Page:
What a great anniversary blog we had on Monday & Tuesday (we thank you!), so it's a bit of a challenge following that one … so I thought I'd simply bring up an interesting and perpetual topic in historical fiction — that of POV or point of view — and I'd love to know what you all think about the many variations in historical fiction.
Limited third person: In my historical romances (here's a closeup of the gorgeous cover for my Sarah Gabriel, THE HIGHLAND GROOM), generally I avoid head hopping within one scene (mostly because I am the one who gets easily confused, haha) — I find it's too easy as the writer to lose control of the scene and dilute its potential. And I like to keep things simple: I write His and Hers POVs, one per scene, sometimes one per chapter. It helps to focus a story that has two main protagonists, and it helps
intensify character definition and development. A limited third person, with an intimate sort of spin, can add immediacy to the story. And we get to see each of the two main characters from two distinct angles — either in their head or from the other's perspective.
I'll rarely add even a third POV for a villain, as I like concentrating the story energy on the H & H — the essence of romance being two!
Choosing who owns that scene, or that emotion, or that incident, is the challenge with any POV, even first — generally the scene should be owned by the character who stands the most to gain or lose at that moment in the story (or the one who's most engaged at the time in moving the plot forward). Sometimes we writers don't know who that is until we're in the thick of writing — many times I've entirely revised a scene from the other character's perspective, and found it works way better. I don't always know until I get there — no matter how much planning I do beforehand (hence, at times, not a lot!).
For LADY MACBETH, I ventured into first person territory and in the early writing stages, I was a little nervous, having never taken on that sort of thing — but I quickly found that I love it. Having written third/hero and heroine, for so long, here was a character who could let it all hang out, and at times she did. The character can jump off the page and become real … but the writer has to make
judicious choices about how far to take that "I, I, I" that can move or dominate every page. Sometimes we don't WANT to know every single thing this person is thinking and doing. As readers, we don't want the character to nag or drone or bore us. We want that character to be continually unfolding before our eyes.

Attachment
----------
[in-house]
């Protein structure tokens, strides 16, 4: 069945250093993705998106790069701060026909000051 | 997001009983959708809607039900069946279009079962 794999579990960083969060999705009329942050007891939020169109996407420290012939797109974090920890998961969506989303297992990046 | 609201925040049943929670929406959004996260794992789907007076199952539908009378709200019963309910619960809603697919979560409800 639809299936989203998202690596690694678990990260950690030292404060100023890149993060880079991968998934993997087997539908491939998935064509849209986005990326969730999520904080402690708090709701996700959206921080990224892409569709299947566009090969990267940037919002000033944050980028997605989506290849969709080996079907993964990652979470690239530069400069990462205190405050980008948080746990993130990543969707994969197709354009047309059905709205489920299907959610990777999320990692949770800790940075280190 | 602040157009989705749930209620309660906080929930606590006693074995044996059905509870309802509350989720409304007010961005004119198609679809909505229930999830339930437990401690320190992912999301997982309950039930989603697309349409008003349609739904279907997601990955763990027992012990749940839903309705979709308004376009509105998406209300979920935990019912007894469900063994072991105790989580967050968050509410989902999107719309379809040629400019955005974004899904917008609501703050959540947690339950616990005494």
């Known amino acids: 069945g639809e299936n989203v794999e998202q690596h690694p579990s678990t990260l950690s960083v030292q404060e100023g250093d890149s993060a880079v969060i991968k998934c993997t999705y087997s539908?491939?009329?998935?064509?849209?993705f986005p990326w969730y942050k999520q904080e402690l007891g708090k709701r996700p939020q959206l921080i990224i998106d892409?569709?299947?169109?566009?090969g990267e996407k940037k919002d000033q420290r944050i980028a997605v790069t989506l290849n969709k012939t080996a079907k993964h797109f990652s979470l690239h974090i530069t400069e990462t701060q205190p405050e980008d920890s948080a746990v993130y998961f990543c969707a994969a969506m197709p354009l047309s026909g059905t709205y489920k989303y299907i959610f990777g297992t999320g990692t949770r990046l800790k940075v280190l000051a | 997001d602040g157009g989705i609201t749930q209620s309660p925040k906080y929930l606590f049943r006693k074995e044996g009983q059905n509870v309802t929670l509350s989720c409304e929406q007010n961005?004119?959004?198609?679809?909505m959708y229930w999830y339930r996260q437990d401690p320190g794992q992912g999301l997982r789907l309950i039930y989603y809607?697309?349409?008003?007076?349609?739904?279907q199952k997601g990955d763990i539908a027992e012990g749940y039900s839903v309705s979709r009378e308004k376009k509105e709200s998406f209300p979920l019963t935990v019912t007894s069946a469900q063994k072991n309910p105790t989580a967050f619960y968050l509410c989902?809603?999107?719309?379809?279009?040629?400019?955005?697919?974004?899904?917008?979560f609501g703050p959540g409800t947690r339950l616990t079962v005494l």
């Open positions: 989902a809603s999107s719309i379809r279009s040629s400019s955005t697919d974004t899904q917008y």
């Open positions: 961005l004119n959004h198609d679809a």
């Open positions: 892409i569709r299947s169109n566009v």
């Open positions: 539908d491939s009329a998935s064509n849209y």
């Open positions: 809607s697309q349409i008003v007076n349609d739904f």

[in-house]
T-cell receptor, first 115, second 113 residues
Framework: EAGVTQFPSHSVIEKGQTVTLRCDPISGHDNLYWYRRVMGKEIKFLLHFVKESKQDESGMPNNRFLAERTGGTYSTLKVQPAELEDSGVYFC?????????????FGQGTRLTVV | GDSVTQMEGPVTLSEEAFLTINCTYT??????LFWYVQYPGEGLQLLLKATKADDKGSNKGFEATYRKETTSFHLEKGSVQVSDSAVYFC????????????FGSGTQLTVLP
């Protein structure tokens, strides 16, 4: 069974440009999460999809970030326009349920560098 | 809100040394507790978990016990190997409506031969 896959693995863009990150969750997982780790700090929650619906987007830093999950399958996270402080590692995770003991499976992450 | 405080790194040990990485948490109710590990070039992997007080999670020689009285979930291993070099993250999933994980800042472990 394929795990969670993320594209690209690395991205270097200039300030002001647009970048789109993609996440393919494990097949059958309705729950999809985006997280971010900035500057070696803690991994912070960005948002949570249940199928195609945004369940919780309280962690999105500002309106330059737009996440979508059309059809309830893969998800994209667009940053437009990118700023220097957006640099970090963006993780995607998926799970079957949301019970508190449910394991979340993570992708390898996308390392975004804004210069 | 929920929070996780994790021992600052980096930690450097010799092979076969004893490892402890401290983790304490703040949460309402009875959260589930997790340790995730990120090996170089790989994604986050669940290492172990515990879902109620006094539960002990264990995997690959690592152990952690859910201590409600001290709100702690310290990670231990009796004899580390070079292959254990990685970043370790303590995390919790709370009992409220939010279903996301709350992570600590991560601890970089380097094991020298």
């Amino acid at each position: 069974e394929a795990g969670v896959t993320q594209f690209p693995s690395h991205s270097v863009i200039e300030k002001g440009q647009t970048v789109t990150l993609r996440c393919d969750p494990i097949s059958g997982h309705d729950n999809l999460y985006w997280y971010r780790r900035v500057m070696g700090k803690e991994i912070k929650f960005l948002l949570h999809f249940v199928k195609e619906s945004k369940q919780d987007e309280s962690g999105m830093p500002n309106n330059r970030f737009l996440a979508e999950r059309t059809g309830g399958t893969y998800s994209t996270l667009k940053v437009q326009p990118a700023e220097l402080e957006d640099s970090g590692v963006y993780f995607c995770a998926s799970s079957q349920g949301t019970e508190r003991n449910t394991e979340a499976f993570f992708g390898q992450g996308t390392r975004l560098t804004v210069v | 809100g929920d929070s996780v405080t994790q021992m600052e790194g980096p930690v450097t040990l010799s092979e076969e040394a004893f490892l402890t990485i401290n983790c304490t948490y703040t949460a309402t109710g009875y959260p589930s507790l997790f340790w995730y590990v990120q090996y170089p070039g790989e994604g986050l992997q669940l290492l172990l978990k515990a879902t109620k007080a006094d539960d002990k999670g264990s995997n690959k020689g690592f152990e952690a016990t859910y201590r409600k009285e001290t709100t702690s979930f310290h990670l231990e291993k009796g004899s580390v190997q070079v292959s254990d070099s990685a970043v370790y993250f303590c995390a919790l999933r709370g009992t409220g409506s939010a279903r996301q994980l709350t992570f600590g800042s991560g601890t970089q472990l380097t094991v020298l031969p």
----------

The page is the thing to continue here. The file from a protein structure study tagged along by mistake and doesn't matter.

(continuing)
First person is a great tool for getting into character as well as story — and the reader has to do some of the work in figuring out who this person is, which can invest a reader more deeply in a story. The writer shouldn't have to tell the reader what this person is about. Sometimes the thoughts and actions presented are actually indicating the opposite of what is happening — a first person character is not always omniscient, and the role of the reader then adds the depth. That, along with the refreshing voice of a character who can truly speak up, is one reason I love writing first person. AND I love the way first person neatly limits a story and keeps it from spreading out all over the place. This is so handy in books that are limited in word count by the publishers' decision. In the case of LADY MACBETH, the story could have been huge–but seen from her perspective and experience only, there were natural boundaries that helped to focus the plot and story.
I also bracketed the story, prologue and later, with present tense first person, which I found very liberating to write, and really barreled the story along when needed — though I haven't tried it for an entire book, I'd love to sometime. It's challenging and very interesting, though sometimes seems to defy its own logic.
For QUEEN HEREAFTER (coming in December 2010!) I used a mix of first and third. The book features three main characters: Queen Margaret of Scotland, a Celtic harper named Eva, and Eva's kinswoman, Lady Gruadh, aka Lady Macbeth (it's partly a sequel!). Each one is initially seen in first person POV – so they get their direct say and establish their personalities and dilemmas right up front — and the story resumes in a close or limited third person, so that we know only what they're thinking, observing, doing. I wanted to capture the intimacy of first person, while keeping most of the story in third person perspective to keep the tone at an intimate level, while panning out the camera into longer shots as needed. Queen Margaret was a very complex lady, with idiosyncracies and layers of piety and fiestiness. If she were to be seen in first person POV entirely, we would never get past her own subjectivity (and constant prayer), so her story really needed the perspective of another character such as Eva or Lady Macbeth, who have sometimes very different points of view on things than saintly Queen Margaret.
So there you go, in a nutshell, the primary points of view that I've tried. What I'd love to know from you all — what do you enjoy most in POV — the third, the first, the present, the past tense … the omniscient overview, the zoomed-in close-up?
Do you sometimes not notice POV at all? Do you like the comfort and wider perspective of third, or does first person attract you, intrigue you … or simply drive you bats?